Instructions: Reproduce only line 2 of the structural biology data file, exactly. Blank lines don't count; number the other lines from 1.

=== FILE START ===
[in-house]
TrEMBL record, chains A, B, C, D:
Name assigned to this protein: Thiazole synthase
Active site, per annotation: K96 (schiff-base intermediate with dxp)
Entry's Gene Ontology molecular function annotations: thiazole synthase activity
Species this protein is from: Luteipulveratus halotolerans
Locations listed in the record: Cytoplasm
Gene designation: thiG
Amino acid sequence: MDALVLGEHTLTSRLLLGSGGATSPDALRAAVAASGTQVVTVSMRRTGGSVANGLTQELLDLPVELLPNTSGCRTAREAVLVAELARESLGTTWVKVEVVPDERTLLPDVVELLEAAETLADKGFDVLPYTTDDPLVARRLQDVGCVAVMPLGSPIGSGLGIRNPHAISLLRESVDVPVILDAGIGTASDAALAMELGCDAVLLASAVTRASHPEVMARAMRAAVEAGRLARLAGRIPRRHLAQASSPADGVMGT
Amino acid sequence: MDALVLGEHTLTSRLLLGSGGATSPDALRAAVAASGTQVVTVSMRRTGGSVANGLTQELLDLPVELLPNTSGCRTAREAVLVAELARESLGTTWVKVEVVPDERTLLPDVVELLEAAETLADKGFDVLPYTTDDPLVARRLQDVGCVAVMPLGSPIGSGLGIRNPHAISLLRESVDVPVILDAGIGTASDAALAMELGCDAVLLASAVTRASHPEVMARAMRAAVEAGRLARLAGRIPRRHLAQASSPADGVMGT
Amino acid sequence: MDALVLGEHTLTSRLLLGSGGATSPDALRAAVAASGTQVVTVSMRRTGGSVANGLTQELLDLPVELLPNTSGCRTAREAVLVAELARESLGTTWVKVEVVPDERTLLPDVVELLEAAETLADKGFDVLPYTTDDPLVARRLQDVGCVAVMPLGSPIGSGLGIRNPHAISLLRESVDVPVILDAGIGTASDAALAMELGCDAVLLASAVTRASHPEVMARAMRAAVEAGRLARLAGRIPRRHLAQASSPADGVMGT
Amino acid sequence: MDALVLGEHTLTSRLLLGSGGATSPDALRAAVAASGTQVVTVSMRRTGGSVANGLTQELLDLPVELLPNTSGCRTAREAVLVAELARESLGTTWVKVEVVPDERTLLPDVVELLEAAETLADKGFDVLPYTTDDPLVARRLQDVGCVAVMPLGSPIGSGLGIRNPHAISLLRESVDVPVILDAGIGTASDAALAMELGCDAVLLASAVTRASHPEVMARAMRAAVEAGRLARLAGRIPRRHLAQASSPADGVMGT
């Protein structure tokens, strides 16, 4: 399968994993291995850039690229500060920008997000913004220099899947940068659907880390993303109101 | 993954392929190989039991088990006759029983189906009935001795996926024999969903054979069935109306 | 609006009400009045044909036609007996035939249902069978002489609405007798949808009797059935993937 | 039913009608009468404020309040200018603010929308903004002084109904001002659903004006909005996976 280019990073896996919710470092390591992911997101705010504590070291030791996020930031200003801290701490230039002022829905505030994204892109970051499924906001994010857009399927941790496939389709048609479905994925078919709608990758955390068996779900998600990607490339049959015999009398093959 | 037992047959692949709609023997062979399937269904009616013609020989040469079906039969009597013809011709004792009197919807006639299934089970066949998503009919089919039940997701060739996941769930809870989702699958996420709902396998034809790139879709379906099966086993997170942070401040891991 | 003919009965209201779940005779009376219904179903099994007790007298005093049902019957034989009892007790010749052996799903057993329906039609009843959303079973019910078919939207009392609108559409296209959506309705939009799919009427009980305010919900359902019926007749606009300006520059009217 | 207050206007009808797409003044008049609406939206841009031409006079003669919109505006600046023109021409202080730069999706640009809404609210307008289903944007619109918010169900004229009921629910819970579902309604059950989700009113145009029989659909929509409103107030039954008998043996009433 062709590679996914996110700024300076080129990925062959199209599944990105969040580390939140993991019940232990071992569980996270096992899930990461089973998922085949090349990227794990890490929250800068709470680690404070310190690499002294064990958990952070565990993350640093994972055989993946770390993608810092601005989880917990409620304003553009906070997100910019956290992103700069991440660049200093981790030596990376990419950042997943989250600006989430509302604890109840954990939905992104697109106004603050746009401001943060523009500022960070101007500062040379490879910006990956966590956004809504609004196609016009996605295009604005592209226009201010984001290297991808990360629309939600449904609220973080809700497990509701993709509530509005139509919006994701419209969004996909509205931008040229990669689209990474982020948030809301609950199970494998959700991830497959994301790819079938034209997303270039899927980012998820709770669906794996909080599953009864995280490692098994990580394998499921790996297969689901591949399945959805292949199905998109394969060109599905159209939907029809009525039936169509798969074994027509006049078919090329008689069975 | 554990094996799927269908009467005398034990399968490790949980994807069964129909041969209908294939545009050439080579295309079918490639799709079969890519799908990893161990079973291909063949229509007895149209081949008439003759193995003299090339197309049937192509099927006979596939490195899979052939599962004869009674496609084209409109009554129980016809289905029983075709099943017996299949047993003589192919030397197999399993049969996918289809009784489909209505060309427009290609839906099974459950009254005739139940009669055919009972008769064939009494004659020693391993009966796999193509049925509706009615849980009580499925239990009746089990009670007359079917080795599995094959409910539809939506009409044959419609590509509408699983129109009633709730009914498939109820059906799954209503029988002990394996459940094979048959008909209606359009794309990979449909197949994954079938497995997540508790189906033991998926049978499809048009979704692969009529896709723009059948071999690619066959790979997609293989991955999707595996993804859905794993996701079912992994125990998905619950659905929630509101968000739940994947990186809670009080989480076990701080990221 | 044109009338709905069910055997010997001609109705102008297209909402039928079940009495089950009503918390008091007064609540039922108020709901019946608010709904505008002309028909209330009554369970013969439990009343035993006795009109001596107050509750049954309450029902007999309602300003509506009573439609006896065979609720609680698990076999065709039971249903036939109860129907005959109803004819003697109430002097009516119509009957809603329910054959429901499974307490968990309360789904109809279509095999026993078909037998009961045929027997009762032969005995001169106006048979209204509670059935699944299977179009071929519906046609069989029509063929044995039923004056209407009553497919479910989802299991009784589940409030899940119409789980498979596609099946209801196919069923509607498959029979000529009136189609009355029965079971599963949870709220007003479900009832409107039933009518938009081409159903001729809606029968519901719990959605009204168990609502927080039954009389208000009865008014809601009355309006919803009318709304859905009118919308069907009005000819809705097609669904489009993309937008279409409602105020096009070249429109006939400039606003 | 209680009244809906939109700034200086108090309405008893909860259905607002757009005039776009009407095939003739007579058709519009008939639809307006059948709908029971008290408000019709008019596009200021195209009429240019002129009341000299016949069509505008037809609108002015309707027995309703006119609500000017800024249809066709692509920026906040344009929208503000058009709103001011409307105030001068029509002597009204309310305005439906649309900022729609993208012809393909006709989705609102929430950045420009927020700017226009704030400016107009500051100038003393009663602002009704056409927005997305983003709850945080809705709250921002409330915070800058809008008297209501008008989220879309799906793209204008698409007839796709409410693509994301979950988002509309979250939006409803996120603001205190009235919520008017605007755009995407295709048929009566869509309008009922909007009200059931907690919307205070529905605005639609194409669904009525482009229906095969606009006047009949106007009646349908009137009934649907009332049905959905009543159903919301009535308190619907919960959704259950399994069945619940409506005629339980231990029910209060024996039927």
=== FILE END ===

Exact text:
TrEMBL record, chains A, B, C, D: